LIFESTYLE Retirement  >  How to Start an Investment Club

How to Start an Investment Club

How to Start an Investment Club, investing in middle age, investment over 50
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BY MARY JANE HORTON

The theory: several heads are better than one when putting your money on the line.

We all know people who have made a killing in the stock market, and wonder how they did it. Even without making a proverbial killing, with the right tactics, there is money to be made. Investment clubs are popping up all over the country to this end, the theory being that if one person can research and come up with good investments, than a group of people – all with individual insights to offer – can do even better. It’s easy to start a group and it can be a fun, enlightening, and profitable activity.

How to start

Here are some steps to start the process:

–Ask around and see who’s interested. You may have one or two friends who you see and the discussion always turns to money. Those people are a good bet. They will probably have friends who are interested as well.  Shoot for less than 20 people to keep it manageable.

–Don’t worry about the investment skill level of the group. Even if you are all “green,” it’s okay. You can get plenty of help online and in newspapers and magazines. One good source is the Motley Fool, a resource for investment education, www.fool.com.

–Once you have a group of people who are interested, invite them to get together for an informal planning meeting. It’s good to have all of the participants weigh in about what they expect. Work out the details during this meeting. Talk about how you want to proceed and how you want the club to be run. It’s important that you have similar investing goals. If some people want to double their money and others just want a reasonable return, rethink. After the meeting you will have a sense about whether or not personalities gel.

–Assign everyone a job before the next meeting: some people can research investments; another person can come up with a schedule; some people can be thinking about brokers to use.

Go home and do your homework

Every group needs a leader, and as a leader of an investment group, you will have a great deal of homework to do before the next meeting. You should come up with a rough estimate of how much people should be expected to invest on a monthly basis – from $30 to $300 or more — by coming up with some tentative first investments to run by the group. Other people from the group who are interested in researching investments can be working on this as well.  It’s a good idea to come up with a list of research sources to distribute at the next meeting, so that you are reading the same material. You can all subscribe to the same magazine or newsletter so that you are – literally and figuratively – on the same page.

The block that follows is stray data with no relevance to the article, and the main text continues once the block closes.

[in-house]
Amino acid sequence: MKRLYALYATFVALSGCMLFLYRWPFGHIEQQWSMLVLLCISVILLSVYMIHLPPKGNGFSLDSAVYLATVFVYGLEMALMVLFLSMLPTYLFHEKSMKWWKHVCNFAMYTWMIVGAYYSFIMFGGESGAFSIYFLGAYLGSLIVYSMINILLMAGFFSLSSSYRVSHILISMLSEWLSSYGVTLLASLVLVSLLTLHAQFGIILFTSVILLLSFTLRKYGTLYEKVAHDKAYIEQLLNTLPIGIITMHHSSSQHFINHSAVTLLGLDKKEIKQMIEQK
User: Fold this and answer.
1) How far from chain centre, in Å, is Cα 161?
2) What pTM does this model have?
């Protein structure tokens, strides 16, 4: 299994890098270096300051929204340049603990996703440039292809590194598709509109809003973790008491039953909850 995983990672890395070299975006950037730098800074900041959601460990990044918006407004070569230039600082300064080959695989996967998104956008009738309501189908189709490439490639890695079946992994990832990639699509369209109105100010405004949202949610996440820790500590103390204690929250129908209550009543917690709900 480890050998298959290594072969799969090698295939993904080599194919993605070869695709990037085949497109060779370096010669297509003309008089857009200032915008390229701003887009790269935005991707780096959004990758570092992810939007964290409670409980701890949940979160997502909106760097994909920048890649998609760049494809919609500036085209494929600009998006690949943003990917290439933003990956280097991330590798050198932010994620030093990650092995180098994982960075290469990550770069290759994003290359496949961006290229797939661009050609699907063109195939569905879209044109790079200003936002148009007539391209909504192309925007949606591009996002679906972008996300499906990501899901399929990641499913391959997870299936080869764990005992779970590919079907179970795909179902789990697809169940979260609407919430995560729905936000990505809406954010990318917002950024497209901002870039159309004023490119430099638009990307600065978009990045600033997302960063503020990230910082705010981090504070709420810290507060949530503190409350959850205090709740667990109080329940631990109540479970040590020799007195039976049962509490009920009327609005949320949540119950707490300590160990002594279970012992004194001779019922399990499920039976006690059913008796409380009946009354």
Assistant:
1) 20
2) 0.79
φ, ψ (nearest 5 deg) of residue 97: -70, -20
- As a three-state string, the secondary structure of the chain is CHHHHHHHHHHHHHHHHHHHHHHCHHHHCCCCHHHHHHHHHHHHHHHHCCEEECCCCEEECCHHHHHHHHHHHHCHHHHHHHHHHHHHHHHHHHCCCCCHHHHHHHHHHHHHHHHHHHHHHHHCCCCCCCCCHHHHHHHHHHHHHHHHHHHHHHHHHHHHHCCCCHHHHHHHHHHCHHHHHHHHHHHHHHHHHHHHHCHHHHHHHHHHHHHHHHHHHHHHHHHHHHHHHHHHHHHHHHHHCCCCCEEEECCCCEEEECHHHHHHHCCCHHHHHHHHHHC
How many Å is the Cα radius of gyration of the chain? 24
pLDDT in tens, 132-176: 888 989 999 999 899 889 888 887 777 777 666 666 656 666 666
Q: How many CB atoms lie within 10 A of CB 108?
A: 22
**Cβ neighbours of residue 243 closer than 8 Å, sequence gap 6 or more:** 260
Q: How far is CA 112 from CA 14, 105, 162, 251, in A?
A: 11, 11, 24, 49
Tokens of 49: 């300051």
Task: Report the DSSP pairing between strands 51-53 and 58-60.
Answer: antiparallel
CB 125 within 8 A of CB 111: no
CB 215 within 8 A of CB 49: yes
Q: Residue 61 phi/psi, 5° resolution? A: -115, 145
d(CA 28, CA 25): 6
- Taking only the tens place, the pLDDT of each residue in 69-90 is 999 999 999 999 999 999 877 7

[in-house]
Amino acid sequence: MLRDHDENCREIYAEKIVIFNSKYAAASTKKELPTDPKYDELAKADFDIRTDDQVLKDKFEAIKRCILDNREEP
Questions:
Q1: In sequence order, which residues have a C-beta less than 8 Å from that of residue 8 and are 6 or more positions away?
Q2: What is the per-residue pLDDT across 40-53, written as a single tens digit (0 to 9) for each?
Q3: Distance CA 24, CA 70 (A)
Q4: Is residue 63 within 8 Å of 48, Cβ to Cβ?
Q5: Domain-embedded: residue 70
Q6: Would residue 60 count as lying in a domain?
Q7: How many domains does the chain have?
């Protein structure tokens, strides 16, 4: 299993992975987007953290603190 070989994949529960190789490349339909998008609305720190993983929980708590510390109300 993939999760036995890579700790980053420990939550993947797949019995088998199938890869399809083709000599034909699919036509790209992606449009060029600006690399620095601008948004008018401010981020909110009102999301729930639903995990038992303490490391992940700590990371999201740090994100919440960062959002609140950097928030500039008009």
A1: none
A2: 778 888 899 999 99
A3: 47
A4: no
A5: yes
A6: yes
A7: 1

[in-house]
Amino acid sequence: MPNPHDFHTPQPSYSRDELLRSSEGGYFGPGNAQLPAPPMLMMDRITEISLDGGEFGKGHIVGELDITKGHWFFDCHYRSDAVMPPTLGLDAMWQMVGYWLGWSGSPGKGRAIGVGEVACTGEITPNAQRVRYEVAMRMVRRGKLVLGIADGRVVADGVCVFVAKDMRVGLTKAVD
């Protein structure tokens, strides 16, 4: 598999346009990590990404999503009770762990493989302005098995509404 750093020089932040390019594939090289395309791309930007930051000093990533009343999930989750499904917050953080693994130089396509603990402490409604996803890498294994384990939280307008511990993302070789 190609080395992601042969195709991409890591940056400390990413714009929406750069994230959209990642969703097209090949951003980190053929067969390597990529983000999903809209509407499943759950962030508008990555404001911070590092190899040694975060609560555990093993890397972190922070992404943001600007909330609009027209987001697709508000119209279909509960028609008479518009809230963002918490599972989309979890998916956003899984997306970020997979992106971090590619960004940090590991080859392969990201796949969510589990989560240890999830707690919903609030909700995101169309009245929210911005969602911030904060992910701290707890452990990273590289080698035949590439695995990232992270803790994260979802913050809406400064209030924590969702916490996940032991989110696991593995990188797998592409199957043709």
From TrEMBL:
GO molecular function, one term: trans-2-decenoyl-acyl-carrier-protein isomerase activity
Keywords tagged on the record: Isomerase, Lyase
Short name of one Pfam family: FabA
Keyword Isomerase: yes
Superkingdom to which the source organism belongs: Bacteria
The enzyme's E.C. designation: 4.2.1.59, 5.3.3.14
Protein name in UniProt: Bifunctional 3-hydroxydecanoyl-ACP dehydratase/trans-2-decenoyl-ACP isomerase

Here are some more things to think about before the next meeting to discuss with the group:

–A fun name. Every group needs one. Think about the people involved, where you will meet, perhaps how you know one another – for inspiration.

–How the group should be organized legally – you need to fill out some forms if you want the group to be a legal investment entity.

–Figure out what kinds of officers you will have – president, vice president, secretary, treasurer – and either elect them or decide on them during the next meeting.

–Think about what kind of broker you will use – full service or discount.

Finally, before many of these decisions are made at the next meeting, and now that you have a better idea of the group, make up a questionnaire to be distributed at the second meeting. It should ask questions about the interests and qualities of the members that will help the group to move forward. For instance, if you have a fashionista in the group, perhaps she will already be well educated on clothing companies you might invest in. It is always a good idea to uncover any hidden talents in any group.

Second meeting

During the second meeting you may want to decide on your first set of investments, or you may decide that you, as a group, want to have a bit more time for research. This is the time to get the nitty gritty details taken care of.

–Will there be food or drinks offered during meetings, or will this just be “business.”

–Will each member have a chance to host, or will the same person host each time?

–Will you meet at the same time and place each month or decide on the next meeting as you go along?

After a while, the meetings, the investment strategies – all of it – will all be old hat, and the group should run like a well-oiled machine.  And, in case it doesn’t, it is always a good idea to have someone designated beforehand, as the group “fixer.” This person should be the ultimate diplomat who gets along with everyone and can help people talk things out. At some point you may be thankful that you have that person around.

And now, as Dr. Spock would say, “Live long and prosper,” with your freshly minted investment club.

 

 

 

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